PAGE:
Is philosophy obsolete? Are the ancient questions still relevant in the age of cosmology and neuroscience, not to mention crowd-sourcing and cable news? The acclaimed philosopher and novelist Rebecca Newberger Goldstein provides a dazzlingly original plunge into the drama of philosophy, revealing its hidden role in today’s debates on religion, morality, politics, and science.
At the origin of Western philosophy stands Plato, who got about as much wrong as one would expect from a thinker who lived 2,400 years ago. But Plato’s role in shaping philosophy was pivotal. On her way to considering the place of philosophy in our ongoing intellectual life, Goldstein tells a new story of its origin, re-envisioning the extraordinary culture that produced the man who produced philosophy.
But it is primarily the fate of philosophy that concerns her. Is the discipline no more than a way of biding our time until the scientists arrive on the scene? Have they already arrived? Does philosophy itself ever make progress? And if it does, why is so ancient a figure as Plato of any continuing relevance? Plato at the Googleplex is Goldstein’s startling investigation of these conundra. She interweaves her narrative with Plato’s own choice for bringing ideas to life—the dialogue.
Imagine that Plato came to life in the twenty-first century and embarked on a multicity speaking tour. How would he handle the host of a cable news program who denies there can be morality without religion? How would he mediate a debate between a Freudian psychoanalyst and a tiger mom on how to raise the perfect child? How would he answer a neuroscientist who, about to scan Plato’s brain, argues that science has definitively answered the questions of free will and moral agency? What would Plato make of Google, and of the idea that knowledge can be crowd-sourced rather than reasoned out by experts? With a philosopher’s depth and a novelist’s imagination and wit, Goldstein probes the deepest issues confronting us by allowing us to eavesdrop on Plato as he takes on the modern world.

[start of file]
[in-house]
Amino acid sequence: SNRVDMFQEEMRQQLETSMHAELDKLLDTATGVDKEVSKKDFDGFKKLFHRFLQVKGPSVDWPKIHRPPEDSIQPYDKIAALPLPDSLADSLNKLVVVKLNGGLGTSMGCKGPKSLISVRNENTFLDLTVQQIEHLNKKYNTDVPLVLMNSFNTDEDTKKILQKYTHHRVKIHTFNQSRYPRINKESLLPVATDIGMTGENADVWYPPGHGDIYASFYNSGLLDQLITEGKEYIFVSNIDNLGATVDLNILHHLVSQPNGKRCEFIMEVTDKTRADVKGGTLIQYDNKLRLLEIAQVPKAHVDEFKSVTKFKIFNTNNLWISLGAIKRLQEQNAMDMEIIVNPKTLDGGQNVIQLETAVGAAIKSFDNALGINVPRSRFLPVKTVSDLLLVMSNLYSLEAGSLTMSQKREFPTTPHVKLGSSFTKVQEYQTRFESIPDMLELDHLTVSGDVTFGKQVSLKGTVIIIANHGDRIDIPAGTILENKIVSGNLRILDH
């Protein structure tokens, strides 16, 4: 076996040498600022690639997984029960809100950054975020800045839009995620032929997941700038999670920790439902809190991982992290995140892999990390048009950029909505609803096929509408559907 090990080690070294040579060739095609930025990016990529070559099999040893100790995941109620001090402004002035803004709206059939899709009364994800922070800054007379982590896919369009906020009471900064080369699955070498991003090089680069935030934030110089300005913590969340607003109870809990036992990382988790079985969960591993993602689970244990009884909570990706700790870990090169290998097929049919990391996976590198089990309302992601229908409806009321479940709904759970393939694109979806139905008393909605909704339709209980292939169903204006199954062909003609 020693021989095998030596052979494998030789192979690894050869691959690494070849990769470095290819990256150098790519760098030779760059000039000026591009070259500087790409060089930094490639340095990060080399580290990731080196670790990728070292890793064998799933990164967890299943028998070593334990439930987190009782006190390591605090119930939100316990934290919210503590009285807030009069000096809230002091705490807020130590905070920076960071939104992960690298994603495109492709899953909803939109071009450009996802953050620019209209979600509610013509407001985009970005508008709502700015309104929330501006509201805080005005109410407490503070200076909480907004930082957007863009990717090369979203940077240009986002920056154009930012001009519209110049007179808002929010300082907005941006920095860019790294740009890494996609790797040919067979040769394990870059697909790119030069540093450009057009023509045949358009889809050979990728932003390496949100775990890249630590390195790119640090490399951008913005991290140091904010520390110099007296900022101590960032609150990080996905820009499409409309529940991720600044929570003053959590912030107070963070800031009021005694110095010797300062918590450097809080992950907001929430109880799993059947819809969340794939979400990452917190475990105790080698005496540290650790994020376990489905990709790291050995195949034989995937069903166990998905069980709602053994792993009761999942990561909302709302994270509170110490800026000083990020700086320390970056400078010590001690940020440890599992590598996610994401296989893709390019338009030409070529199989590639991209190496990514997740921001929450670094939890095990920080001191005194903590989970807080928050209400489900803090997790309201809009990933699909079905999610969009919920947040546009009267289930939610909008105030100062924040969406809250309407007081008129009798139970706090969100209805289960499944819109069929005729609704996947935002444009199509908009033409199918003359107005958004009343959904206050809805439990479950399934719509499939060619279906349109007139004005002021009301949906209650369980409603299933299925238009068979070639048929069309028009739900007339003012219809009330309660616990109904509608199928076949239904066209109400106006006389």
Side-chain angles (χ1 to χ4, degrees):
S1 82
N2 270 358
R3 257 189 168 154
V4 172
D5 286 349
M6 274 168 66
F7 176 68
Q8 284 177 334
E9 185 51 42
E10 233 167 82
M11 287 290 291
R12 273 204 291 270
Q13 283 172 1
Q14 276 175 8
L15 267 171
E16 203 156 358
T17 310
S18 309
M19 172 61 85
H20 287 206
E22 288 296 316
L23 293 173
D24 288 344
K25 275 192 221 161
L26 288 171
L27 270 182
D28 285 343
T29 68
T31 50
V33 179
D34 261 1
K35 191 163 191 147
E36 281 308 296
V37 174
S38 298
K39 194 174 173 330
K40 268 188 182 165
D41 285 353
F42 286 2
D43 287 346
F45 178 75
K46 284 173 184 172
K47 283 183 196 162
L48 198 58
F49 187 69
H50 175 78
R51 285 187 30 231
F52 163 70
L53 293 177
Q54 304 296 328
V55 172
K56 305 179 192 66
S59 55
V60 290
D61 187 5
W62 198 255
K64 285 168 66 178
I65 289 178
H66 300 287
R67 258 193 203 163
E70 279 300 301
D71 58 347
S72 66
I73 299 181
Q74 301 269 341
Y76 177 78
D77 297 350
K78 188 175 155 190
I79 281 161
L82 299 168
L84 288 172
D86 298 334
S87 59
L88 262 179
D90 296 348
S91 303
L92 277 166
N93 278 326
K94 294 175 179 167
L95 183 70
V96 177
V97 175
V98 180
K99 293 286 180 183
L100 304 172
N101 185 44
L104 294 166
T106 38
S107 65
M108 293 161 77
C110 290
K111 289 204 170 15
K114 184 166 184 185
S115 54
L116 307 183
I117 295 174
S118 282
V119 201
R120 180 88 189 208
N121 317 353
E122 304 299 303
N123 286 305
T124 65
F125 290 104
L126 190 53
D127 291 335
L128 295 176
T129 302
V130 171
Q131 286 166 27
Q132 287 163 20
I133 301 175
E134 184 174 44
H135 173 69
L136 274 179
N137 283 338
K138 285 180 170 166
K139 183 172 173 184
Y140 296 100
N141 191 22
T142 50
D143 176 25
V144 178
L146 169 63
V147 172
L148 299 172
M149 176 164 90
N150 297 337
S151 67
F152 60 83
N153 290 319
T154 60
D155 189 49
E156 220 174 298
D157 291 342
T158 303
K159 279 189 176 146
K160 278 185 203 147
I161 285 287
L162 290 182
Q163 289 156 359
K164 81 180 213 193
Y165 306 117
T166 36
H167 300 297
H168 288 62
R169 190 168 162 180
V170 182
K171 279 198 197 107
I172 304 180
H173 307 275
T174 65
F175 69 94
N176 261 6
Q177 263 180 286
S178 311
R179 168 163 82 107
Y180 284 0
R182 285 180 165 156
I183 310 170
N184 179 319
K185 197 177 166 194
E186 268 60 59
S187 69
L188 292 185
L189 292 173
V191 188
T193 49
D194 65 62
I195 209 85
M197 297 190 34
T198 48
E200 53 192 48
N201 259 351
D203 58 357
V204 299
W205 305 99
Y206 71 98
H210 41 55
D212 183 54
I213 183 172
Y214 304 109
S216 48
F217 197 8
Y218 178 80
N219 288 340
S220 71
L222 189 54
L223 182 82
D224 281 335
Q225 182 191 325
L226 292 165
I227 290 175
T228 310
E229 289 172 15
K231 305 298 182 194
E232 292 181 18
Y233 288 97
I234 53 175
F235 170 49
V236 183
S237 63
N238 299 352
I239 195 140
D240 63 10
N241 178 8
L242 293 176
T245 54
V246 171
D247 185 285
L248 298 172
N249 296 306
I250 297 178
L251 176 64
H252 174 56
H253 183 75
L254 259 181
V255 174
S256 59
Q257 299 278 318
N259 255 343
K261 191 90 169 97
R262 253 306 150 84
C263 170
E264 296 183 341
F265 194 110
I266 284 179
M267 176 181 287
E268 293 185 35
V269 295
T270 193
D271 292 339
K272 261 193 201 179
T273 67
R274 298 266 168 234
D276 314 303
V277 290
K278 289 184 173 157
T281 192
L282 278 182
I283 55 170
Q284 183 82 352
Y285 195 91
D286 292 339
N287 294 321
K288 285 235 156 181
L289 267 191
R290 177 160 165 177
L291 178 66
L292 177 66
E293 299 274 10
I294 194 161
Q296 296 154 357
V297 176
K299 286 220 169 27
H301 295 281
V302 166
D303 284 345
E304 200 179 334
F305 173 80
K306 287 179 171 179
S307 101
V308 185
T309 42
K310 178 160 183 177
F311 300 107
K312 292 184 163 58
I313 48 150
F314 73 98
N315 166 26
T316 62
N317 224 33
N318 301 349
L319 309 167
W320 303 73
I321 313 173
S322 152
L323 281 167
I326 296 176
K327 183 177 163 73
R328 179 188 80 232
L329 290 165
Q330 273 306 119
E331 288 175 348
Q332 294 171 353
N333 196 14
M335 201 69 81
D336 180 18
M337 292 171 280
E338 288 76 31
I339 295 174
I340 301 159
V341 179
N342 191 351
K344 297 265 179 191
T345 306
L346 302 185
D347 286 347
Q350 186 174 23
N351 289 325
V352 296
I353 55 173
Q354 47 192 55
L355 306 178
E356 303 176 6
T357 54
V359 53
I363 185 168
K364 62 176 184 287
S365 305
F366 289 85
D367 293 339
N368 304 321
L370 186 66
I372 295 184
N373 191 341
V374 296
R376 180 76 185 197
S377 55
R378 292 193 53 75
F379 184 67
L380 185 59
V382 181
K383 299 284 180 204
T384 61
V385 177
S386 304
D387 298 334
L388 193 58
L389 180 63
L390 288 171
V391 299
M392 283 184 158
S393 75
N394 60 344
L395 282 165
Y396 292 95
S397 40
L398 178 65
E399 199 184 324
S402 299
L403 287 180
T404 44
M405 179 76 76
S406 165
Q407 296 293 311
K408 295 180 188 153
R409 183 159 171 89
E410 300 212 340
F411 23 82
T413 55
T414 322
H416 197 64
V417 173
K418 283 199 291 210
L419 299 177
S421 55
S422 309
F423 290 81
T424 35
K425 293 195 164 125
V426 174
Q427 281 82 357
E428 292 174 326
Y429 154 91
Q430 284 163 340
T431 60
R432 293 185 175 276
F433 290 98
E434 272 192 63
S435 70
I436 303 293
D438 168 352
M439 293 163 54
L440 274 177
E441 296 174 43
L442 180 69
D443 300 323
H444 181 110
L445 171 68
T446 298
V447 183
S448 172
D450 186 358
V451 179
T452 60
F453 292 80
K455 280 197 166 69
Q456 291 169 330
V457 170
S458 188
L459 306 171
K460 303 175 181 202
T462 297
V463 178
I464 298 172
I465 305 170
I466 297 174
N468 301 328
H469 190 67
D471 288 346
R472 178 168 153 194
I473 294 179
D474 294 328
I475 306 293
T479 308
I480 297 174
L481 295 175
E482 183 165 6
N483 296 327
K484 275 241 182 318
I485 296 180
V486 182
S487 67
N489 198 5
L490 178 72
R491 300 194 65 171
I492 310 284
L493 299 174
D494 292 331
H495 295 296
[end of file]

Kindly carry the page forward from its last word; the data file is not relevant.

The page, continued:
(With black-and-white photographs throughout.)
Novelist and philosopher Goldstein (The Mind-Body Problem) has an imaginative conceit: to bring Plato into the 21st century by having him go on an American book tour. Here, Plato hauls around a Google Chrome computer, generally finds modern technology "wondrous," and takes the Meyer-Briggs personality inventory. In lieu of Socratic dialogues, he engages in contemporary American ones, appearing in a panel at the 92nd Street Y to discuss education and child-rearing with a psychologist who sounds like Alice Miller and a writer who sounds like "Tiger Mom" Amy Chua. These witty contemporary sections constitute about a quarter of the book, while the remainder consists of an in-depth study of Plato's views and the historical and intellectual context of his times. Goldstein explores such concepts as the Athenian ideals of aret and of achieving kleos, and topics such as the challenge to philosophy posed by contemporary science. She proves a clear and engaging writer, and though the more academic parts of this book take precedence over the entertaining and accessible contemporary passages, overall, this is both an enjoyable and a serious way to (re)learn Plato's ideas.
Could be better
It has been a while since college and the wonderful reviews pre-publication, stirred my interests. The book has wonderful parts, especially the first and last chapters but overall it alas, did not meet my expectations.
I think as an overview it is just ok. In university, I was taught that in presenting an argument it is easy to take the best of your side and contrast it to the worst of your opponents' and come out looking great. It is even more unfair to attribute traits to your enemies that have no basis in reality. I refer to the chapter that parodies Bill O'Reilly. Let me say I am not a regular watcher of his show, but have seen it on several occasions, the last probably being 2009. He had a much fairer engagement with his guests then Ms. Goldstein allows him in the book. His views are not even close to what was expressed in this book. The only closed mind was that of Ms.Goldstein.
I doubt the authors' biases permeated other chapters, but who can be sure?